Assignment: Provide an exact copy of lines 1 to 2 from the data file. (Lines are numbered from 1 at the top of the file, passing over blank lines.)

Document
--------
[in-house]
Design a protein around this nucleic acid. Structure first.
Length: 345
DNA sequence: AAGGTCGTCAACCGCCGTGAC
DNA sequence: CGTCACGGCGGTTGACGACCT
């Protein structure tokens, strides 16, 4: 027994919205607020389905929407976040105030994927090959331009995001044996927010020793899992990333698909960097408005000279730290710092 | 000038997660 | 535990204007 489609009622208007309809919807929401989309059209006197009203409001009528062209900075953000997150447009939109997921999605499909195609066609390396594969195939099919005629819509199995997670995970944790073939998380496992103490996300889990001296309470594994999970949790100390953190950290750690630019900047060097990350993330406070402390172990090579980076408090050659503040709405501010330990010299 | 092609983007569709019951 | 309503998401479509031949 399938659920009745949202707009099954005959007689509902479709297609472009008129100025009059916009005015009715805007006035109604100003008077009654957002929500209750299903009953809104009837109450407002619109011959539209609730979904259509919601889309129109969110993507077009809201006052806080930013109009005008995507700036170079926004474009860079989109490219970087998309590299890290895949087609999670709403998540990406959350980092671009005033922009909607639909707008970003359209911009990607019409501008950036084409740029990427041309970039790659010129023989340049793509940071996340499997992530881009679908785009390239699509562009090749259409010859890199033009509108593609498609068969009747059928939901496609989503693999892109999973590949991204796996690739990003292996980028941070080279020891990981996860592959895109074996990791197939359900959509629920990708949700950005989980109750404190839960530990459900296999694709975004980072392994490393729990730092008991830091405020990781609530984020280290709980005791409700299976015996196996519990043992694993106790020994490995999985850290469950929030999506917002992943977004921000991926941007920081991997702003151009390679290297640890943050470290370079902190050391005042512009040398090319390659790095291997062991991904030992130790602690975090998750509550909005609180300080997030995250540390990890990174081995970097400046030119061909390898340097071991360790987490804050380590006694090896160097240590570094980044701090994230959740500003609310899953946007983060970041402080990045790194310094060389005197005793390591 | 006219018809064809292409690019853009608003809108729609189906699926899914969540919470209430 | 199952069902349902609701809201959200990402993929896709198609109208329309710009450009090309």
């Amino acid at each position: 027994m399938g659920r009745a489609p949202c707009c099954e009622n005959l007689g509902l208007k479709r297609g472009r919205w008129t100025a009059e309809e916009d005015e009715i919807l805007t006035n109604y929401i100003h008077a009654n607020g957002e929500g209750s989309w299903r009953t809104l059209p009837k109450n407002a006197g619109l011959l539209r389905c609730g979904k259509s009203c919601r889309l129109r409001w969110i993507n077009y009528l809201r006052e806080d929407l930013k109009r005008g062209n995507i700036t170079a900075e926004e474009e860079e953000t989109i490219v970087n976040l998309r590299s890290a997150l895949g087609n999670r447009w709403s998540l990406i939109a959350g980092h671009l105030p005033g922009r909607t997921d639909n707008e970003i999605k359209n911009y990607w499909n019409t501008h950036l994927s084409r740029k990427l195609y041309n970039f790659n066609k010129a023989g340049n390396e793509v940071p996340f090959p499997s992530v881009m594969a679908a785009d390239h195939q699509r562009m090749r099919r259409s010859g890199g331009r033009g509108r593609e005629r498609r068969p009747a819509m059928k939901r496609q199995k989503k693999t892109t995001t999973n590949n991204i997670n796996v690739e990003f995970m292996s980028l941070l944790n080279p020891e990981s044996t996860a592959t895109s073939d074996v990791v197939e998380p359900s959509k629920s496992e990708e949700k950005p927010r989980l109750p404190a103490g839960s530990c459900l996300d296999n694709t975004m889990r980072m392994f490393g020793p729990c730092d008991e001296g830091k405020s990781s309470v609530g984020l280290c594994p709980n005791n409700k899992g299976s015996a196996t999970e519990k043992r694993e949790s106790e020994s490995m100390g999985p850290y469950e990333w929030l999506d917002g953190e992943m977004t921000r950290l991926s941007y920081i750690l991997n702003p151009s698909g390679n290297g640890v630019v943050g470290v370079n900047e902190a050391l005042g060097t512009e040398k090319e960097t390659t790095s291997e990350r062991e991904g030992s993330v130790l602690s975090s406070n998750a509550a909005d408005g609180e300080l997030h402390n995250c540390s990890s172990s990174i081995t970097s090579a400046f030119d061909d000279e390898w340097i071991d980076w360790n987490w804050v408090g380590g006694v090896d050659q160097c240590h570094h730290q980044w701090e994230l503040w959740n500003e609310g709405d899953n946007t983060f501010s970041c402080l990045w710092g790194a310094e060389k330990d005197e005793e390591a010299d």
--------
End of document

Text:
[in-house]
Design a protein around this nucleic acid. Structure first.